Keep in touch with CRP&A postcards

In conjunction with an article in Railroad Heritage 2021:1 by Den Adler, “The Rise and Fall of the Railroad Postcard,” the Center has published a set of six postcards with images from our collections. In this time of limited contact and so much electronic communication, we want to encourage physical, tangible correspondence. Our postcards are printed on 130-pound linen cover stock, and they feature the work of photographers Katherine Botkin, William Botkin, Victor Hand, Ronald Hill, Thomas McIlwraith, and James Shaughnessy.

$5 per set of six cards, which includes domestic postage

Creativity & Covid

Despite the challenges of the Covid-19 pandemic, our creative spirit is alive and well. In late June, we sent out a call for submissions to our members, asking how you were faring during this time. More than seventy of you responded by sending us nearly 200 images from around the world, along with heartfelt descriptions of your time so far.

We expanded the fall 2020 issue of Railroad Heritage to an all-time high of eighty-four pages, dedicating forty-eight of those pages to sharing your submissions. Even then, we ran out of room, and so we also created a web gallery for additional content.

To see the results, you can browse our web gallery and order a copy of the magazine if you do not already have one. To everyone who submitted work for our consideration, all of us at the Center send you our great thanks. It has been a privilege and an inspiration to see your works and read your words.

Railroad Heritage 62: Fall 2020

Railroad Heritage, Fall 2020: Awards, Cartoons, Creativity & Covid

While 2020 has brought unimaginable challenges, our members have remained deeply engaged in railroad photography and art. They share samples of their recent work in this issue’s cover story, “Creativity & Covid,” edited by Alexander Benjamin Craghead. From contemporary photography and painting to personal archiving projects and even creative nonfiction, their work is inspirational, offering ample proof that our creative spirit is alive and well. Further proof of that comes from the winners of our 2020 John E. Gruber Creative Photography Awards, which we also present in this issue along with comments from the judges. Rounding out the feature articles is a look back at New Haven Railroad cartoons that highlight travel difficulties of World War II. They come from the Archives and Special Collections of the University of Connecticut Library in a story by archivist Laura Smith.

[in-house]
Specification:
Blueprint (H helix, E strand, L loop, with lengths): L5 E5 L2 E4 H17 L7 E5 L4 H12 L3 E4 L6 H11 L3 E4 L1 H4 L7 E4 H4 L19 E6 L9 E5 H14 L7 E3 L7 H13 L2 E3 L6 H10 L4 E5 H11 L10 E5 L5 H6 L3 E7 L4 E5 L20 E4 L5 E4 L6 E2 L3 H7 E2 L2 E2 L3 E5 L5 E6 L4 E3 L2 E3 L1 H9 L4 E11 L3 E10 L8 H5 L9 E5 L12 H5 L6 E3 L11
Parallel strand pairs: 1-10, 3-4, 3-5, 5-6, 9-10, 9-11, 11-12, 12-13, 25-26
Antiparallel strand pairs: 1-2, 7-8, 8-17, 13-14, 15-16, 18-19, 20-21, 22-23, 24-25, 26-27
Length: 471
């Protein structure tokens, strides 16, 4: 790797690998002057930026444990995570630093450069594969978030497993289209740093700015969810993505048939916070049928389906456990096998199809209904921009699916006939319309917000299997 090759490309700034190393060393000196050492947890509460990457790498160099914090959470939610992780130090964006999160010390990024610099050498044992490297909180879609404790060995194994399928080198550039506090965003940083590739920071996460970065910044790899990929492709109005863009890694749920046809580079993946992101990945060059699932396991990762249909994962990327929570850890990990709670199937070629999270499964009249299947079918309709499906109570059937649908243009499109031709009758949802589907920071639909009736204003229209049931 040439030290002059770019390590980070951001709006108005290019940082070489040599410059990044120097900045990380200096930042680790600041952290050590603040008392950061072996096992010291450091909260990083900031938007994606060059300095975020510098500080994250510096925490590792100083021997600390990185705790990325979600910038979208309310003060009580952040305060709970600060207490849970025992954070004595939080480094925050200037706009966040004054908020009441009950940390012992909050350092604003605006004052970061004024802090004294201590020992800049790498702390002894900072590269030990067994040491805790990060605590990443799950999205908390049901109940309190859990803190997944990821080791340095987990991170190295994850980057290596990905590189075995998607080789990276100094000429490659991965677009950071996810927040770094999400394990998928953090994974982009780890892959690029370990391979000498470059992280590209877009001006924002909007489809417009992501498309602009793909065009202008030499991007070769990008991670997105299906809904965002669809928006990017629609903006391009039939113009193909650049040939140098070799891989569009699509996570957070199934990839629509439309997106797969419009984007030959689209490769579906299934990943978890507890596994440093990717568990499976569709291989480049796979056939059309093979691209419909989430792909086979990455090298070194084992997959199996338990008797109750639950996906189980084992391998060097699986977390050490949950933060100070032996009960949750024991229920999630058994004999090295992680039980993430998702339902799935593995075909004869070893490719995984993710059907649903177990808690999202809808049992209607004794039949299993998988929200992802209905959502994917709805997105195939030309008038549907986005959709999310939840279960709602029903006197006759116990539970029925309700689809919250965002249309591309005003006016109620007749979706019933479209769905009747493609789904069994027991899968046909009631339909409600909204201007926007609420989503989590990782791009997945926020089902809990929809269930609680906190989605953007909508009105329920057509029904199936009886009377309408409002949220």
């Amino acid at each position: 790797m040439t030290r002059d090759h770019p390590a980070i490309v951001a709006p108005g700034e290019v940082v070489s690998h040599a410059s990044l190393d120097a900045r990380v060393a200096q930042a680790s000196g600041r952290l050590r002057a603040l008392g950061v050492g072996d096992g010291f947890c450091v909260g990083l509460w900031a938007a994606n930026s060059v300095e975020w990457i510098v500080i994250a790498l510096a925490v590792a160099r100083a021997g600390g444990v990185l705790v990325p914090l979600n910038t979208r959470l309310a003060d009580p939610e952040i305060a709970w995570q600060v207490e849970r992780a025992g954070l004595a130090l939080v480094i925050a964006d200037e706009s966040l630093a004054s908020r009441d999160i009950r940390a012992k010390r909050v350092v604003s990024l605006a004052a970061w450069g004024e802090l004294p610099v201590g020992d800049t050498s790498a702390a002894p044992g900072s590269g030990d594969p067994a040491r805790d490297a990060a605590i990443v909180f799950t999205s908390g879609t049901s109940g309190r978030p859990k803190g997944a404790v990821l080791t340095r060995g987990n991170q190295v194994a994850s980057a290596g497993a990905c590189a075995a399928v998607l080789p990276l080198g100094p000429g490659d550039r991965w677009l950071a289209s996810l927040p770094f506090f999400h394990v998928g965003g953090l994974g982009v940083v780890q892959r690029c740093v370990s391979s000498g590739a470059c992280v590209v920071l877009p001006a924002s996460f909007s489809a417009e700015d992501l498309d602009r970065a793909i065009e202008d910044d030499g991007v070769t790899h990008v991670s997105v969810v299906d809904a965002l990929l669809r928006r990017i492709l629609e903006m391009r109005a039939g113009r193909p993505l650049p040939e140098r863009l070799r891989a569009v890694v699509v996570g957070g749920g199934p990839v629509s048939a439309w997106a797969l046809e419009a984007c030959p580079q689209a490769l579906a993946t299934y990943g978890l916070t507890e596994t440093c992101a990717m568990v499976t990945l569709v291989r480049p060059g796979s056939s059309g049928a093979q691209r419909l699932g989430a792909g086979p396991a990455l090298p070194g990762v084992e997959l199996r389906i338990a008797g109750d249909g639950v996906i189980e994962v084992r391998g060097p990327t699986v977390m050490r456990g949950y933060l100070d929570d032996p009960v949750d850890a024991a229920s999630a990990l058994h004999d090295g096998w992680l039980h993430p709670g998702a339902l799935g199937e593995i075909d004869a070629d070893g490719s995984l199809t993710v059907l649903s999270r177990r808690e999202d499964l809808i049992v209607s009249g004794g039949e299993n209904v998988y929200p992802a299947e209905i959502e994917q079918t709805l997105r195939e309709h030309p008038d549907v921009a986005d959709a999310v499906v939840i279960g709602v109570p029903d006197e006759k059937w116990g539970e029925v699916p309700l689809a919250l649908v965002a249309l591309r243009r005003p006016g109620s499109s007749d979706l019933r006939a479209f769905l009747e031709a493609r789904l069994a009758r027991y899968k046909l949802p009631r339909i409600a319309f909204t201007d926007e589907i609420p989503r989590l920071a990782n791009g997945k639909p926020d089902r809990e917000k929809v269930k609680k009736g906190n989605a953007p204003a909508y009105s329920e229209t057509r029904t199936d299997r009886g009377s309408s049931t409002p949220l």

In our columns, Arjan den Boer looks at the precise work of Pierre Fix-Masseau in his “Art of the Railway Poster.” Adrienne Evans shares the second of her two-part overview about the history and care of glass plate negatives in “Out of the Archives.” And Hailey Paige previews our next online conference, Virtual Conversations: Fall Edition, whose presenters will share railway photography and art from around the world.

$7.95, 84 pages, color and b/w

Railroad Heritage 62: Fall 2020

Note about book orders

Due to the ongoing public health situation, the Center’s offices are opened on a limited basis. We ask for your patience as we work to fulfill your orders. Our staff members are available by phone and email to answer any questions. Thank you for your understanding, and please stay healthy.

The Railroad Photography of Donald W. Furler

Donald W. Furler helped write the rules of railroad action photography. From taking engine pictures as a teenager in the early 1930s, he joined an elite group of railroad photographers who created a new aesthetic to portray the drama of steam railroading in motion. From the late 1930s through the 1950s, he dedicated nearly all of this free time to documenting operations throughout the northeastern United States and Canada, using a succession of ever-larger cameras for maximum detail and clarity. The Furler Collection is a cornerstone of the Center for Railroad Photography & Art’s archive, and we are proud to present this monograph.

Scott Lothes, the Center’s president and executive director, wrote the text and selected the photographs. His lead essay examines Furler’s life and photography, his relationship with the first editors of Trains magazine, and the changing railroad landscape of the Northeast. Maps by David Styffe present those railroads as they appeared in 1946 at the height of Furler’s activity and as they are today. Alan G. Furler, the photographer’s son, provides a poignant and personal Afterword.

$60 plus $5 for domestic shipping, hardcover, 10×11 inches, 216 pages, 200 duotone photographs

International shipping is available; please inquire by email at info [at] railphoto-art.org